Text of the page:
The highs and lows of Santiago
13.03.2012 - 16.03.2012
View Argentina, Antarctica and Chile on Caro369's travel map.
Earlier this week, I fled Patagonia for a scorching taste of summer in Santiago. It has been 32 Celcius for 3 days! I use the word "fled" because there had been 2 solid days of miserable rain. I felt enormous sympathy for the 4 or 5 people who I had met in Natales who were hiking/camping in Torres del Paine, but was oblivious to the broader implications. I arrived in Punta Arenas (the town from where I was catching my plane) on Monday. I got off the bus (in the rain) and with head down and heavy pack on, I started walking downhill towards the hotel I had picked out. I didn't get far. Muddy rain water was lapping at the curb at the end of the block. Then I looked up, and saw the waves of water coming down the street 3 blocks down. Apparently there has been a lot of rain in the Chile side of Patagonia this year and the 2 days of straight rain were the last straw. After finding a hotel on higher ground, I walked towards the river and discovered the source of the muddy water. The river had risen so high (licking the bottoms of the bridges), that at one point it had over flowed its banks and had diverted itself into one of the streets. The locals milled around in the rain, gawking and taking cell phone pictures as a couple of men with heavy equipment worked to re-divert the river back to its rightful place. Yikes!!
I was very glad to get to Santiago. After kayaking in the rain on day 1 (there were flamingos!) and getting thoroughly soaked wandering around Punta Arenas looking for a hotel and food on day 2, I was starting to get a cold (sniffle). I am happy to report that sun, orange juice and chicken broth work miracles.
Impressions of Santiago. I initially wrote it off as Buenos Aires' very poor cousin, but after a few days it has grown on me. Nevertheless, love I do not feel. Santiago has a number of lovely European-style buildings (interspaced with grubby street markets and run down office buildings) and there are wonderful walkways landscaped with shady trees and fountains (but the river which is framed is a muddy brown trickle). There are a couple of pedestrian areas with fantastic patios and restaurants, but the shopping is just plain bad. I have never seen so much badly cut (expensive) polyester in my life. I found a couple of nice items, hidden among the dowdy old lady tops and the revealing classless hooker clothes, but they were far from cheap.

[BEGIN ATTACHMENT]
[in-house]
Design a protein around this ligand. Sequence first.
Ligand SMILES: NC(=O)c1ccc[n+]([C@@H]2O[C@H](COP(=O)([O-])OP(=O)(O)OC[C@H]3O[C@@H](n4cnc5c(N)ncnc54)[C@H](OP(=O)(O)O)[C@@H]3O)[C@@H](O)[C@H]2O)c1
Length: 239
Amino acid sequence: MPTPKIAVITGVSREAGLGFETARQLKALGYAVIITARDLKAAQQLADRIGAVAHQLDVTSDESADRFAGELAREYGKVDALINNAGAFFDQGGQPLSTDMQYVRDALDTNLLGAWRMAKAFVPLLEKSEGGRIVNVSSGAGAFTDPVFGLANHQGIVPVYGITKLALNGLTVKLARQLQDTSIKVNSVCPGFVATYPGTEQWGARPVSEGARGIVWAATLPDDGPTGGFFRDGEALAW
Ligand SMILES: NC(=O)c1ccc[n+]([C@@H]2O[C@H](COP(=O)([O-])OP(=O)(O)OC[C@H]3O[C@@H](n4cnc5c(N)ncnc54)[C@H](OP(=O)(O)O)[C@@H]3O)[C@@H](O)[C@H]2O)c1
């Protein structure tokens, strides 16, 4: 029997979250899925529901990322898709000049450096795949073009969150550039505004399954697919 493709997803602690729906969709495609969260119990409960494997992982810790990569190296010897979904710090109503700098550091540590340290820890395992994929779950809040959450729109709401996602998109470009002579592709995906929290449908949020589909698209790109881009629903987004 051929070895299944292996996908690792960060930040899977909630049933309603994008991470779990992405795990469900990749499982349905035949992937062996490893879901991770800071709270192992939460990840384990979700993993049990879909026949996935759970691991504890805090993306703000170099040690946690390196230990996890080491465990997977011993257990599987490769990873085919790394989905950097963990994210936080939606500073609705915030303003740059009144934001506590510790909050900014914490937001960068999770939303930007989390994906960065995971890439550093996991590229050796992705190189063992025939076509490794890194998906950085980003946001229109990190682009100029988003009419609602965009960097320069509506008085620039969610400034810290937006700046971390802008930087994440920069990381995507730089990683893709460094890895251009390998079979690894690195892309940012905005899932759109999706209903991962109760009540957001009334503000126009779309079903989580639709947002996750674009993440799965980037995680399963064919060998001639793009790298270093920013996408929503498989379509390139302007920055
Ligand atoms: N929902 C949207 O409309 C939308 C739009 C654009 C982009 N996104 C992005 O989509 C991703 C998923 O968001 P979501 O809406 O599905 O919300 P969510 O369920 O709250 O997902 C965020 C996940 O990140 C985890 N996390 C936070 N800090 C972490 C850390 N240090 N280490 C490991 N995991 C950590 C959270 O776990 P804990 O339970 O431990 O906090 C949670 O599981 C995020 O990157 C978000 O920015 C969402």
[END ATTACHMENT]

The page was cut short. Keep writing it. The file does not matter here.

As to highlights, I really liked Cerro Santa Lucia. Normally, parks with trees, yeah nice (yawn). In the early 19th century, a local mayor turned this hill into a welcoming park with shady trees and a castle! It isn't really a castle, but castle features have been built into the hill. There is a beautiful fountain and various stairways to landscaped terraces. There are even a couple of turrets with gorgeous views of the city. It is very cool! Apparently, 100 years ago, the park was the place to be. Families of all income levels would flock there on the weekend in their Sunday best to have picnics. Today, it is very popular with teenagers, who come to find a quiet corner (and there are many) to make out.
I am also enjoying the wine. I was told the wine-producing Maipo Valley was near to Santiago. No, not really. Santiago has grown fast that it has swallowed up parts of the Maipo Valley. Some of the local wineries which were actually in the country 40 years ago, not any more!! You can actually take the subway (and then a short taxi ride) to a couple of them. I gave this a go yesterday! I could see the vineyards from from windows of the subway car.
I arrived in charming Valparaiso a couple of hours ago. There is a spectacular view of the colourful buildings on Alegre Hill from my hotel room. I plan to do some sightseeing, eventually. I am starting to get tired. I think I will sleep in tomorrow.